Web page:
"But as the years passed and my journalistic experience grew, I gradually realized that the power of words was not something that I, the journalist, bestowed on the people and communities I covered.
The power, I came to understand, was in the stories that people chose to share. I was merely a conduit for the dissemination of those stories. I began to see how journalists could frame the story, to give it context and depth, but that we could not own the story. I came to see that I did not give voice to others, but that my role was to amplify authoritative voices that lacked only access to the means to spread their messages.” - Raul Ramirez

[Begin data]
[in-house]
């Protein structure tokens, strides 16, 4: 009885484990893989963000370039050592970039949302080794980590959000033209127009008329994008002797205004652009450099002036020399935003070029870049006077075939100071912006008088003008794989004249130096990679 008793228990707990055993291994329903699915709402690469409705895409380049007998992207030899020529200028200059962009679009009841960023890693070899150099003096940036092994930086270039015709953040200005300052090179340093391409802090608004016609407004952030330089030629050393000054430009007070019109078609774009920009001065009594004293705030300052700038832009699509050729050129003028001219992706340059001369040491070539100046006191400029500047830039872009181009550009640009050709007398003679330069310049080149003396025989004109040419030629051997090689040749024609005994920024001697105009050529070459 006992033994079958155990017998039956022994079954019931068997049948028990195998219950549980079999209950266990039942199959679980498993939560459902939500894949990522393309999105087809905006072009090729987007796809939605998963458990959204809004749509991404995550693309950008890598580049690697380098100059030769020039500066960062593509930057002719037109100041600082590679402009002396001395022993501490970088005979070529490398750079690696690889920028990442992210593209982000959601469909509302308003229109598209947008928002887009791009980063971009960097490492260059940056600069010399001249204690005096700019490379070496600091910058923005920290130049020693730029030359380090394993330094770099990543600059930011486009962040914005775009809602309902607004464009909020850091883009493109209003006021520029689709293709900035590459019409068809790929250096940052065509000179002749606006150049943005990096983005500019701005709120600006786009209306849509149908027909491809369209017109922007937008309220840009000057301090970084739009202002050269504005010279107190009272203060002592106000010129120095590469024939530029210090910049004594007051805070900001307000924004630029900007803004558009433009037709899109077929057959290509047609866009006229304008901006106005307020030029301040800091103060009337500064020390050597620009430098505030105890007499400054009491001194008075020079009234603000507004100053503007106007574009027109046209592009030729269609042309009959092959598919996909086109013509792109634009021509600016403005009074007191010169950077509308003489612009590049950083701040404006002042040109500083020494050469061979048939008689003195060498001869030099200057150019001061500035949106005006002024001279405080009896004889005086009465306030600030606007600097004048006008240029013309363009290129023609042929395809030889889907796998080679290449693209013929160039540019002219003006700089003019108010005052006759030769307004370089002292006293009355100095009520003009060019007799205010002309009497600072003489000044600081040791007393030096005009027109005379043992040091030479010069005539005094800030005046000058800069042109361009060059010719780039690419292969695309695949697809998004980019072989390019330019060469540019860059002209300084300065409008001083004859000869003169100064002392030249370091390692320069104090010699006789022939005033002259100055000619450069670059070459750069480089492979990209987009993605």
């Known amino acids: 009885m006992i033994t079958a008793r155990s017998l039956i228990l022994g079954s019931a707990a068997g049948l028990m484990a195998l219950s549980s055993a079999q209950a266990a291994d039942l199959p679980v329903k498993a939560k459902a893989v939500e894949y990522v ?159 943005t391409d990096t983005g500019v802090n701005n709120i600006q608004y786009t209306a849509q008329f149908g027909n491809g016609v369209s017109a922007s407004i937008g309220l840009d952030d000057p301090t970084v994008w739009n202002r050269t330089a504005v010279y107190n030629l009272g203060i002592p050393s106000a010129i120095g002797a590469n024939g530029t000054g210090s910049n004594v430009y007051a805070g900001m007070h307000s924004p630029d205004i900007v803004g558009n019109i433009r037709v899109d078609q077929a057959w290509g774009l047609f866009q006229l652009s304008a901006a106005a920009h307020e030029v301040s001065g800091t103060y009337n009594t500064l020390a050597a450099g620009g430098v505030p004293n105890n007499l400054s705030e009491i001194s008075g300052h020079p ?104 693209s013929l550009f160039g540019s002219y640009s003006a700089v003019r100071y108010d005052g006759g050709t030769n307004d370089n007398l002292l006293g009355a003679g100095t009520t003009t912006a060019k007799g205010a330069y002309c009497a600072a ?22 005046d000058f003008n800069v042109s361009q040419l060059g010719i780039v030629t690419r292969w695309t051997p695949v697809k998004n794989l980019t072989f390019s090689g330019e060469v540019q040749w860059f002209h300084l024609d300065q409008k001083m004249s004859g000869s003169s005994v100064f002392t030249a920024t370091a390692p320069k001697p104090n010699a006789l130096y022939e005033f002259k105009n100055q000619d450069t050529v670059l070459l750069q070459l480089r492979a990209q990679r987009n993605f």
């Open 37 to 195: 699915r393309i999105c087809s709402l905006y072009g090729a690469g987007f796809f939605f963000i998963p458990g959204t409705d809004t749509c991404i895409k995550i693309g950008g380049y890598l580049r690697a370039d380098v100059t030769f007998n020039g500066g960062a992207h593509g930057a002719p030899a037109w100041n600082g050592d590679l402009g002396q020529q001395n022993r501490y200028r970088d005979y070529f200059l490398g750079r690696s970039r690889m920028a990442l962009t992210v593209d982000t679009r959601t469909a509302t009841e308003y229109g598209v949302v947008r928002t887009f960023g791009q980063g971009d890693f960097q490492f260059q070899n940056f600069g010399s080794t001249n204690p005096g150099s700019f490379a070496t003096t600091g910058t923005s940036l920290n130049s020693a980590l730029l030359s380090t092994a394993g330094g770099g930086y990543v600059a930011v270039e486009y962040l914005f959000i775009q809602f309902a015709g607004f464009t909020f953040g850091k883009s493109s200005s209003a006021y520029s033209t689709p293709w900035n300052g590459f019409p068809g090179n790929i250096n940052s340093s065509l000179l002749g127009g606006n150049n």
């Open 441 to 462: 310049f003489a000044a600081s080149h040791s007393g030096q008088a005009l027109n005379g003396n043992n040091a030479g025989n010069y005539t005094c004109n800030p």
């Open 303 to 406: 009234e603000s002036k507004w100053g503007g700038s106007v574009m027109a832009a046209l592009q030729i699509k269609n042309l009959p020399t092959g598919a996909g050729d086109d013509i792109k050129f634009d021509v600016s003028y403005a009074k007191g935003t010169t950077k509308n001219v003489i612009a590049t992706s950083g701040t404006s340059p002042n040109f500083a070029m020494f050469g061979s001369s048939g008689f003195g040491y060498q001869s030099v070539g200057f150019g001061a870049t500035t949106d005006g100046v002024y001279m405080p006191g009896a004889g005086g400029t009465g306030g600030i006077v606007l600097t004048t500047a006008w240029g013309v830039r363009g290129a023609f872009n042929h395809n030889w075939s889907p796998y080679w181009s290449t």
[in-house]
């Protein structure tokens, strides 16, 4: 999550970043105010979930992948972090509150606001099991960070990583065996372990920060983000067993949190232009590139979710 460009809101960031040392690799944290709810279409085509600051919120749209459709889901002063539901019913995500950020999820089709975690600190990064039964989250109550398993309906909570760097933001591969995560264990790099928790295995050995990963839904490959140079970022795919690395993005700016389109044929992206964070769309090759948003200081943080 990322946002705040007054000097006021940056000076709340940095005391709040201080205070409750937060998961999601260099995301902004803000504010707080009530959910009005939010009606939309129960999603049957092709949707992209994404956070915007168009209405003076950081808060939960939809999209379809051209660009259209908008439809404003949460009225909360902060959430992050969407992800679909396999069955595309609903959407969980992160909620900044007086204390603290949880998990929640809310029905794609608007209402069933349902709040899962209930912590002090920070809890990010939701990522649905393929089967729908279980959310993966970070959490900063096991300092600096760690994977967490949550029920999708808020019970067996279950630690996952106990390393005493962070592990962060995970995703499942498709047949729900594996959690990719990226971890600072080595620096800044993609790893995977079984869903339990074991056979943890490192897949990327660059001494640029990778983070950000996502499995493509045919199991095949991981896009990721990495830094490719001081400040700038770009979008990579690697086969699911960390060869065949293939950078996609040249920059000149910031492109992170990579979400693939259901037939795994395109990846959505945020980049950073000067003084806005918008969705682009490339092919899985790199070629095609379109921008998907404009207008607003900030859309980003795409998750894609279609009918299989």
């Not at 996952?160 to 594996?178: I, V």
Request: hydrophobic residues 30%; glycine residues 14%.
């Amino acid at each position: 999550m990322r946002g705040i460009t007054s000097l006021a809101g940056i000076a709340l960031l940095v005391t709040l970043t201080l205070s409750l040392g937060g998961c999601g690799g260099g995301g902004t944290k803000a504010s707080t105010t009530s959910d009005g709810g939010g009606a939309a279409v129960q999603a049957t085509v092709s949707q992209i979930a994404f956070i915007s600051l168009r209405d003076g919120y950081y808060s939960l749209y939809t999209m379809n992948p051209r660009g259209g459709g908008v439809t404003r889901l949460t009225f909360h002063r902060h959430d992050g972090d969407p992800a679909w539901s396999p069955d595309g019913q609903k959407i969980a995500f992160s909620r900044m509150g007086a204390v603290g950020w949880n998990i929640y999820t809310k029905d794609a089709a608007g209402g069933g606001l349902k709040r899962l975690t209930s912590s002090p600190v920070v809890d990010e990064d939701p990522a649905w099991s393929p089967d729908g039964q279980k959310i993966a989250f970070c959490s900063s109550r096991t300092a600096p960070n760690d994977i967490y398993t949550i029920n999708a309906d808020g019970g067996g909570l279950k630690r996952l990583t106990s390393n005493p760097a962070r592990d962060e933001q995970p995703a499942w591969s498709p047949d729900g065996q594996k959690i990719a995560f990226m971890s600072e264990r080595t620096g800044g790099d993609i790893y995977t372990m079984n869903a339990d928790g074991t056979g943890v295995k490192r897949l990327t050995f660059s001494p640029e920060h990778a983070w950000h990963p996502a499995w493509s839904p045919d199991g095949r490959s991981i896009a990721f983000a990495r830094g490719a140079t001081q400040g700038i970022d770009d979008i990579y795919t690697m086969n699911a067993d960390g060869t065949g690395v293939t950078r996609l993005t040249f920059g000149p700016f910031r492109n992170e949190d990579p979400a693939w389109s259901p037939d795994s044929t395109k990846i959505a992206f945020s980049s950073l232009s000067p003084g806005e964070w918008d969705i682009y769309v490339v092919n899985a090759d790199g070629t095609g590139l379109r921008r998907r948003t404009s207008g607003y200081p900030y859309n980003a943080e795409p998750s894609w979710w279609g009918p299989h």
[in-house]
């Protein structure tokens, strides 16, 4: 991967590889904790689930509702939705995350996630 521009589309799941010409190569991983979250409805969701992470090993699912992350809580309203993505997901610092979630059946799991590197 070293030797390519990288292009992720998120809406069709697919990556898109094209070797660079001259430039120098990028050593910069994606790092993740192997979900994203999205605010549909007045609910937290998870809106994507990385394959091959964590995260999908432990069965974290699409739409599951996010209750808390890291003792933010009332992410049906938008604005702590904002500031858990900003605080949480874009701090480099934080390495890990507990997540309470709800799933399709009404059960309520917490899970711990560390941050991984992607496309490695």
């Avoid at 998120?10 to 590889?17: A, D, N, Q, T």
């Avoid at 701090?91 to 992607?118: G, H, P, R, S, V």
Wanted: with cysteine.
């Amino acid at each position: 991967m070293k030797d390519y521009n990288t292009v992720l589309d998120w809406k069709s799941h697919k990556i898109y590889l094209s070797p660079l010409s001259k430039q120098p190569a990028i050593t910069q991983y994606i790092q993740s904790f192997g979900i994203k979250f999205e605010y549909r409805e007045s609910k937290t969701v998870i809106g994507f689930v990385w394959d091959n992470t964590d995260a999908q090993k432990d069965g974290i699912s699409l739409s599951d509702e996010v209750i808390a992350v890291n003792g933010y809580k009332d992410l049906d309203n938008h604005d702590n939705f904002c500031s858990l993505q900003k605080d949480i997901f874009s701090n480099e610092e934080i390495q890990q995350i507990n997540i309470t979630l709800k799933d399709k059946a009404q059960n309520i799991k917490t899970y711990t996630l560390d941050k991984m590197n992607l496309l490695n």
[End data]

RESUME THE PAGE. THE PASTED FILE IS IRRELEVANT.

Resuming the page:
In case you missed it, Wisconsin made an appearance in an episode of This American Life recently. Here’s the description:
“Producer Ben Calhoun tells the story of Josh Inglett. Josh was a college student from Portage, Wisconsin who was appointed to the Board of Regents for the University of Wisconsin system. Josh was everything you’d want in a student who was going to fulfill this role. That is, until Governor Scott Walker’s administration discovered something on Josh’s permanent record that they considered a problem.”
Photo by Rick Wood, Milwaukee Journal Sentinel
I’ve read Mark Johnson’s The Course of Their Lives multiple times now, and I’m still in awe. It’s a story of life and death told through a seamless combination of written narrative, video, images, and digital design.
It’s absolutely worth a look — or two, or three.
It was a beautiful fall weekend in Minnesota.